Deutsche Bank (DB) is set to remain the worst performer in the European financial sector, according to analysts at Credit Suisse. But French bank Natixis (NTXFF) claimed the top spot as Europe's most likely outperformer in the analysts' monthly investment tip sheet.
Both stocks are down for the year to date after a plethora of concerns over global political, economic and financial stability drove investors out of the banking sector throughout the first half.
But they have both also benefited from the recent election of Donald Trump, although Deutsche Bank more so, given that the President-elect is seen as likely to be a lighter touch when it comes to most forms of regulation.
However, the banks' fortunes could be about to diverge, with Natixis likely to benefit more from a Trump presidency over the medium term.
Deutsche Bank, regardless of Trump's tone on the subject of regulation, undoubtedly faces a substantial fine from the Department of Justice over the sale of mortgage-backed securities during the financial crisis.
And capital concerns and threadbare returns to investors are likely to remain a weight around the ankles of the German lender, according to Credit Suisse.
Jan Wolter, an analyst with the Swiss bank, predicted Deutsche could look to raise €6 billion to €8 billion ($6.3 billion and $8.5 billion) quickly to raise its common equity Tier One capital ratio to about 13%, assuming a DoJ fine of about $5 billion.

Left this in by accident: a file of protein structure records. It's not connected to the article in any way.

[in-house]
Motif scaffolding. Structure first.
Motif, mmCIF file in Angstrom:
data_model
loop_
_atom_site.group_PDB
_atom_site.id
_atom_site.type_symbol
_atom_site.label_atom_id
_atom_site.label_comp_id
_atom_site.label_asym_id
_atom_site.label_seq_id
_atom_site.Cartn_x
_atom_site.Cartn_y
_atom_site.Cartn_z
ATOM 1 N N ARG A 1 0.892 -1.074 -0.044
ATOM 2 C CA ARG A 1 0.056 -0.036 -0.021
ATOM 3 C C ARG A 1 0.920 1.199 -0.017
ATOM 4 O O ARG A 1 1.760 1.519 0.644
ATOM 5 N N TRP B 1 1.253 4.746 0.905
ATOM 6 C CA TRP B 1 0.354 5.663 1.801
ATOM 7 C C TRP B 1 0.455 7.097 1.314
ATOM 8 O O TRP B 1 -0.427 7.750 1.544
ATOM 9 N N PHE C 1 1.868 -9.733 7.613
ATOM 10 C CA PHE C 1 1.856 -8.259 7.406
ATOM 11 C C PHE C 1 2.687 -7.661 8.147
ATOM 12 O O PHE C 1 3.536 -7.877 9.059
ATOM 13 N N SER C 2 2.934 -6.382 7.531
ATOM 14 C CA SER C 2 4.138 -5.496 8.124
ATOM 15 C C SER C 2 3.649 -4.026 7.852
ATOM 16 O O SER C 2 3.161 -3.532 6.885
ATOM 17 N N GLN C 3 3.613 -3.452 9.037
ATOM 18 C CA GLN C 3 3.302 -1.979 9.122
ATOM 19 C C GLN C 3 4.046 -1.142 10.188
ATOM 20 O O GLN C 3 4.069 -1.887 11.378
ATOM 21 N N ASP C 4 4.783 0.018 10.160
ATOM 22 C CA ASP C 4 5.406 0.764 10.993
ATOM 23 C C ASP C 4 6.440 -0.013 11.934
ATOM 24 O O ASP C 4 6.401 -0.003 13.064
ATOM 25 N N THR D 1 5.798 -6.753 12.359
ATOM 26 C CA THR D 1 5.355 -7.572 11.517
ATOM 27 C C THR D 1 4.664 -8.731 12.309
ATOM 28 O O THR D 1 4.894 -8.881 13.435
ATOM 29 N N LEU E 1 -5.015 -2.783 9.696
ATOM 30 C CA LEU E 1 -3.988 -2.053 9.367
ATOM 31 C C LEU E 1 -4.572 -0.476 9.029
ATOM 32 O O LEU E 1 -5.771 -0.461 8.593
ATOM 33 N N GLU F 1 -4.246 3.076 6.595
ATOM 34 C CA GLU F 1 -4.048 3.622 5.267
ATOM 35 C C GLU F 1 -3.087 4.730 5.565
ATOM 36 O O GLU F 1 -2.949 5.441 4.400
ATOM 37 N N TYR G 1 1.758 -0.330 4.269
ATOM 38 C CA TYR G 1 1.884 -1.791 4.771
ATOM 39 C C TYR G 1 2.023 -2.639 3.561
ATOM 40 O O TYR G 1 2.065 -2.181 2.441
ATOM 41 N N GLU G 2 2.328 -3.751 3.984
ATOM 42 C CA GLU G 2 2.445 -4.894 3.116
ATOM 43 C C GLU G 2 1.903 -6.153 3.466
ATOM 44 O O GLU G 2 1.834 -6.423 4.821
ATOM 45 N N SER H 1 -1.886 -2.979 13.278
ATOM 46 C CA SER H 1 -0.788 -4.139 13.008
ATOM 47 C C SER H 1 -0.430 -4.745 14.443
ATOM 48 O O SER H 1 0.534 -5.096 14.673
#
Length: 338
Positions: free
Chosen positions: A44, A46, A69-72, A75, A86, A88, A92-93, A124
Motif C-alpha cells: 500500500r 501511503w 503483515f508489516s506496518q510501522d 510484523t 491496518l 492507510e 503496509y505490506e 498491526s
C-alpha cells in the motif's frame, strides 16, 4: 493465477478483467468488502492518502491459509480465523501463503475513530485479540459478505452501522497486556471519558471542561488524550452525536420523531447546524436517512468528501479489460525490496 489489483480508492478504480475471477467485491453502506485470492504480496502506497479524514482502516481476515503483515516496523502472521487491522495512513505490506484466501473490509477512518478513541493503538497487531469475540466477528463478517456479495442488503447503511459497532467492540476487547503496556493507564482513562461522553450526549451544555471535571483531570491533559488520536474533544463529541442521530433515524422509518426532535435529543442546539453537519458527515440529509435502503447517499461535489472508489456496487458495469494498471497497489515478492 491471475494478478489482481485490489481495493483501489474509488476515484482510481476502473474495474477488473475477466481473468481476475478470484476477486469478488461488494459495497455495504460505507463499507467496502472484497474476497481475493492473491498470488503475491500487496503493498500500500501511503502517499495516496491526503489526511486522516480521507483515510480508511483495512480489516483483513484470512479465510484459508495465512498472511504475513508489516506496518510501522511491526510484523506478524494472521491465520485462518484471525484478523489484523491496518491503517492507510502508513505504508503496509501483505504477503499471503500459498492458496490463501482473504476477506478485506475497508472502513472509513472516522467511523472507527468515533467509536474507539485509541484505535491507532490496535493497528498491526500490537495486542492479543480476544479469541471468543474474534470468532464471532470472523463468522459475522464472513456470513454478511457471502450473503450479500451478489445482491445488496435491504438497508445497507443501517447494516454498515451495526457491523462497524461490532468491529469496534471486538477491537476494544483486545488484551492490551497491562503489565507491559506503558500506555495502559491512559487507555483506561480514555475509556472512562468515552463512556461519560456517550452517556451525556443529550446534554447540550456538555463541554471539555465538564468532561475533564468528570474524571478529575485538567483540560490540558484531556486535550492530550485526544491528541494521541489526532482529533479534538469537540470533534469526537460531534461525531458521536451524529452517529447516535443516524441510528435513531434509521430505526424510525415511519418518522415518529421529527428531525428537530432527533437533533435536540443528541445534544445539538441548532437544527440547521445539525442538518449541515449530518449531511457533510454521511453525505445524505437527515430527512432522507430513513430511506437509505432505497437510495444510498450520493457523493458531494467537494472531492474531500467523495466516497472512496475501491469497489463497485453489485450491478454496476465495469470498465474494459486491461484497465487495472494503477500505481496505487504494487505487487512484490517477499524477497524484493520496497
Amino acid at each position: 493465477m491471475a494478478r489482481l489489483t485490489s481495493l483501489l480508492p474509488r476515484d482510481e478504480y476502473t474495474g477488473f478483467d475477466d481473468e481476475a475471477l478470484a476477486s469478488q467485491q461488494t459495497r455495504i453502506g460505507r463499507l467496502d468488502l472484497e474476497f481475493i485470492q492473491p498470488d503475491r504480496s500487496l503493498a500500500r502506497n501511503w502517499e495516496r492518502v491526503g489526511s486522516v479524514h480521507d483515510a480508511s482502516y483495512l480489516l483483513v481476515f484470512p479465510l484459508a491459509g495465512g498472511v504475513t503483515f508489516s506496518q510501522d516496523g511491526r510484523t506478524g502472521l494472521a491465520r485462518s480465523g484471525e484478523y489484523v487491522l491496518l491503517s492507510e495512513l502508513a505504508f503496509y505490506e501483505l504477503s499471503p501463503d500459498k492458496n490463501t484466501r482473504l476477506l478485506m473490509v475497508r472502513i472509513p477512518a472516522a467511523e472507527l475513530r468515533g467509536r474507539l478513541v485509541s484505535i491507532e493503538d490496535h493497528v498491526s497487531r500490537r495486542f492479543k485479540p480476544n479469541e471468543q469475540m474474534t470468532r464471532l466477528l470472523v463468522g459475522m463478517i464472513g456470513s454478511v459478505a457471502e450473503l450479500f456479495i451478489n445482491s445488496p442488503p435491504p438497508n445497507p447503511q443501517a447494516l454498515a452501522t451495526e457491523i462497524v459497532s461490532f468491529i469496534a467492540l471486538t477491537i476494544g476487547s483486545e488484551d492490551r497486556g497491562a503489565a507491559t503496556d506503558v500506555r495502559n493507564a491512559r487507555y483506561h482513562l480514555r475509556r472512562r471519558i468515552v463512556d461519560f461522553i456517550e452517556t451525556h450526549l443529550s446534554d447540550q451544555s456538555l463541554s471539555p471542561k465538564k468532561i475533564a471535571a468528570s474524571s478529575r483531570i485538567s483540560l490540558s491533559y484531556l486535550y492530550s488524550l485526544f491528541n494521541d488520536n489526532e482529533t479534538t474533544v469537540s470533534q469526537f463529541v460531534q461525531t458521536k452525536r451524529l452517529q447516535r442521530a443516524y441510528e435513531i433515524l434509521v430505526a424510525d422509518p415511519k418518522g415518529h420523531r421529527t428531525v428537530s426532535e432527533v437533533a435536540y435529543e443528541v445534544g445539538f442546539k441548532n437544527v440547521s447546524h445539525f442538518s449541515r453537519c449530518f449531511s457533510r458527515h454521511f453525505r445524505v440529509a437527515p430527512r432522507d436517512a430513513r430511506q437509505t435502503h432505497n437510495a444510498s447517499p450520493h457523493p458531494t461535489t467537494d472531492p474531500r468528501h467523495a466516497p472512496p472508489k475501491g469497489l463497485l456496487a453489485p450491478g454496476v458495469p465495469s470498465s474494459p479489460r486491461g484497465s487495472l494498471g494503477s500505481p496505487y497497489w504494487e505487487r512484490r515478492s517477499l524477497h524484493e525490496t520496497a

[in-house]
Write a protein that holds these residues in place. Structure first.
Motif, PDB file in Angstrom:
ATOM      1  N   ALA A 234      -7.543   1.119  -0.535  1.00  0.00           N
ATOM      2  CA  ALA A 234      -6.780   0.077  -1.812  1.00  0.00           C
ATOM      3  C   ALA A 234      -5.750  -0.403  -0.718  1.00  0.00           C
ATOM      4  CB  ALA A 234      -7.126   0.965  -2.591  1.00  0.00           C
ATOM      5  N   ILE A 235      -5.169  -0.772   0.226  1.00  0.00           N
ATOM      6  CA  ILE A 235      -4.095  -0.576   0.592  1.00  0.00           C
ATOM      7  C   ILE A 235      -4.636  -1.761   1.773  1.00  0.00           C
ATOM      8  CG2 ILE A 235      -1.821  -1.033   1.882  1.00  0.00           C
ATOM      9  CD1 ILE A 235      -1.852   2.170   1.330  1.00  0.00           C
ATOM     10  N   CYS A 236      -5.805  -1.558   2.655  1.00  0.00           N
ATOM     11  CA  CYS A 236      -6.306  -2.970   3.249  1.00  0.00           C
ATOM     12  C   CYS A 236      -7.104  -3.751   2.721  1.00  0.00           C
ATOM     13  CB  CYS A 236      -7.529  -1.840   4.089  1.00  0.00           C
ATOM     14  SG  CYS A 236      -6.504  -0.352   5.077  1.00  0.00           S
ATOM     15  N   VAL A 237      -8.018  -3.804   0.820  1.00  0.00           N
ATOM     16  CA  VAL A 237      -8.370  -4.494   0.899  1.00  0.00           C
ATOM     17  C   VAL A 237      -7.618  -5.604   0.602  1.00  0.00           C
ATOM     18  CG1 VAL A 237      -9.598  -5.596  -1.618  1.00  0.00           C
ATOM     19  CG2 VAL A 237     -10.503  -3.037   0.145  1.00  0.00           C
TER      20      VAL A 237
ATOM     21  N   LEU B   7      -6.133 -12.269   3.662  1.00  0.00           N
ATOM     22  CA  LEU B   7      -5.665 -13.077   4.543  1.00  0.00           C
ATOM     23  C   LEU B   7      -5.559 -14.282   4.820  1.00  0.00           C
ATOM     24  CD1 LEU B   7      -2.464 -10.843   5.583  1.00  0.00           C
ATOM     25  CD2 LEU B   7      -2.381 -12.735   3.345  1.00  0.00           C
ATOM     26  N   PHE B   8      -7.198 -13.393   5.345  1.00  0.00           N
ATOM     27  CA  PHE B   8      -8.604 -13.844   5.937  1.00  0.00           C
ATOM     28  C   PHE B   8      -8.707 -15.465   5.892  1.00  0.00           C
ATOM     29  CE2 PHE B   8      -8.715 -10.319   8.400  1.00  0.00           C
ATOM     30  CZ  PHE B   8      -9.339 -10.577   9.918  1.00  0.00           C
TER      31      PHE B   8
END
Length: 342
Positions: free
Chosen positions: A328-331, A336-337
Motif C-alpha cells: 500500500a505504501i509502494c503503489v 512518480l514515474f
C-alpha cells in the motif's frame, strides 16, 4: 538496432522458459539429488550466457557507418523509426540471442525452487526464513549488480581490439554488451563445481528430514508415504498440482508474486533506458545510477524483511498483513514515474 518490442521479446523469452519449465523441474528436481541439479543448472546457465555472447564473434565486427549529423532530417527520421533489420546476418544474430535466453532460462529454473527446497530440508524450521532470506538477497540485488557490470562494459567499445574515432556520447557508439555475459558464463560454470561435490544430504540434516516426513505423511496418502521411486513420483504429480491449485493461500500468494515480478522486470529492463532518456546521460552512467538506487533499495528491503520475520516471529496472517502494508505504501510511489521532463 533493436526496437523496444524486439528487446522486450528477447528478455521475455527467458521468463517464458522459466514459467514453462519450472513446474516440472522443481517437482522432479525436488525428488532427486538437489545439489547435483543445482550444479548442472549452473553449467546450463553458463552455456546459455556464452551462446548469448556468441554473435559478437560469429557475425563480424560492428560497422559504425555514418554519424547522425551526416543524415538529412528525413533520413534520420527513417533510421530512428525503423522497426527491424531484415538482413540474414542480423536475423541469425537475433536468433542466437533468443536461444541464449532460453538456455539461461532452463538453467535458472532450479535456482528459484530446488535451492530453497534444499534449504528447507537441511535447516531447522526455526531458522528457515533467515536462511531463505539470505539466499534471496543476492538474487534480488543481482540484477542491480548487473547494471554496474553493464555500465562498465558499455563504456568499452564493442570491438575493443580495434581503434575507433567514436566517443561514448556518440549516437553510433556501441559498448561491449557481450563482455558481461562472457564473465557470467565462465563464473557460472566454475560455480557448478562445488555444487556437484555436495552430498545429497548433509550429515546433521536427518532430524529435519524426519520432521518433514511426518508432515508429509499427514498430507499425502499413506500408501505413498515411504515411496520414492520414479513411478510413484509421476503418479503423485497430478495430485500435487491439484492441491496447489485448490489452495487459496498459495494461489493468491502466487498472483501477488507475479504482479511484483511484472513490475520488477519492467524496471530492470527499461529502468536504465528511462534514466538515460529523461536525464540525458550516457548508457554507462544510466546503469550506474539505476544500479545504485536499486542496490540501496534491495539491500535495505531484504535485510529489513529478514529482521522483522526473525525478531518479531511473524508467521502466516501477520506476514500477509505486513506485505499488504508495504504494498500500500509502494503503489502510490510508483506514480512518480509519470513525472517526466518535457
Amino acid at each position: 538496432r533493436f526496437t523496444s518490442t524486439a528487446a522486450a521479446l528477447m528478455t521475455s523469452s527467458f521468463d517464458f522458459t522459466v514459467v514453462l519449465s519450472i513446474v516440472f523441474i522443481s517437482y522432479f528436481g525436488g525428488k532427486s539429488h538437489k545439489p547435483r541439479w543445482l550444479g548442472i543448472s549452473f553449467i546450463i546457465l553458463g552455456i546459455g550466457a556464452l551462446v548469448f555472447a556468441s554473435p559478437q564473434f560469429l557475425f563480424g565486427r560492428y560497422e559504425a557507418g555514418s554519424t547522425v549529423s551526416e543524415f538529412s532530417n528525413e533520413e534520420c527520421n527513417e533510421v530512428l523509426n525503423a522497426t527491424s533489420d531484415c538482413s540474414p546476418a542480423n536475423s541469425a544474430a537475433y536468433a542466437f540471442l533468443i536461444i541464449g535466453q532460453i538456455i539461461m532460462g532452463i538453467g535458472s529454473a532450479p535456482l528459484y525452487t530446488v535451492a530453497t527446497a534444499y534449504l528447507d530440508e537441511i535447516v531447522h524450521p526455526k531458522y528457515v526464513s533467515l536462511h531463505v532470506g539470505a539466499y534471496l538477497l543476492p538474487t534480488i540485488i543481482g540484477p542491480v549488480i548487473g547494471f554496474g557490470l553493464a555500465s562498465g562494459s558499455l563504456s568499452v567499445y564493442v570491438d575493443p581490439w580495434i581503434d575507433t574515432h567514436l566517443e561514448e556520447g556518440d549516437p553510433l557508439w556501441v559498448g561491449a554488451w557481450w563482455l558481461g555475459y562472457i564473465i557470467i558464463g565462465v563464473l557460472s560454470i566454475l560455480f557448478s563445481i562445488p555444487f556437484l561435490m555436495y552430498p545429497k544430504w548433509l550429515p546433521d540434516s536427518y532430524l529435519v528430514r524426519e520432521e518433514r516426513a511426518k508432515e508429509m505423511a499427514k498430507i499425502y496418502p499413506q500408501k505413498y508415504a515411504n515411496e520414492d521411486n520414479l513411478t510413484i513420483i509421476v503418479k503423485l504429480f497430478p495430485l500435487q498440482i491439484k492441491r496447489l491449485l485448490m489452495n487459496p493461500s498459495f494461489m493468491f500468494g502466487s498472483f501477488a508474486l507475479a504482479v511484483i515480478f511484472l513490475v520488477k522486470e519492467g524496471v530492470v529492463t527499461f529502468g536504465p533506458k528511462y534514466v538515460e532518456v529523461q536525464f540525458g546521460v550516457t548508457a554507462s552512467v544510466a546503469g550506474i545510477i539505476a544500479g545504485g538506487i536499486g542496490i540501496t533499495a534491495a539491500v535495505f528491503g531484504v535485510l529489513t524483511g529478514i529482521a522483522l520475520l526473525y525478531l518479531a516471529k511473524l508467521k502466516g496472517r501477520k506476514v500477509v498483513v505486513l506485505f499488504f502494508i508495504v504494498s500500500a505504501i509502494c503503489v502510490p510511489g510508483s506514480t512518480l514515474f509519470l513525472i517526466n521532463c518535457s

Wolter has forecast that a €7 billion capital raising would reduce tangible book value per share for Deutsche to €30.
He concludes that following a capital raising, Deutsche stock would hug the €13 threshold, which is about 0.4 times the forecast book value and in line with current multiples for the more risky banks.
Deutsche stock was down 0.8% at €14.80 by midday in London on Thursday. The bank has gained 17% since the U.S. election but the stock is still down by more than 30% for the year to date.
The grass is greener elsewhere on the continent, however, with French bank Natixis likely to be among the greatest beneficiaries of a stronger dollar.
The Paris-based firm gets more than 30% of its revenue come from the U.S. and an estimated 40% of earnings.
It also benefits from having 65% of its business focused on areas that are less vulnerable to the ultra-low interest rates that have driven many other stocks into the ground during recent quarters.
Wolter said: "We think consensus estimates were cut a little far in 1H16," before forecasting that the stock will offer investors a 7.8% dividend yield for 2016.
Natixis stock was down 0.4%, changing hands at €4.70. It is down by close to 10% so far this year.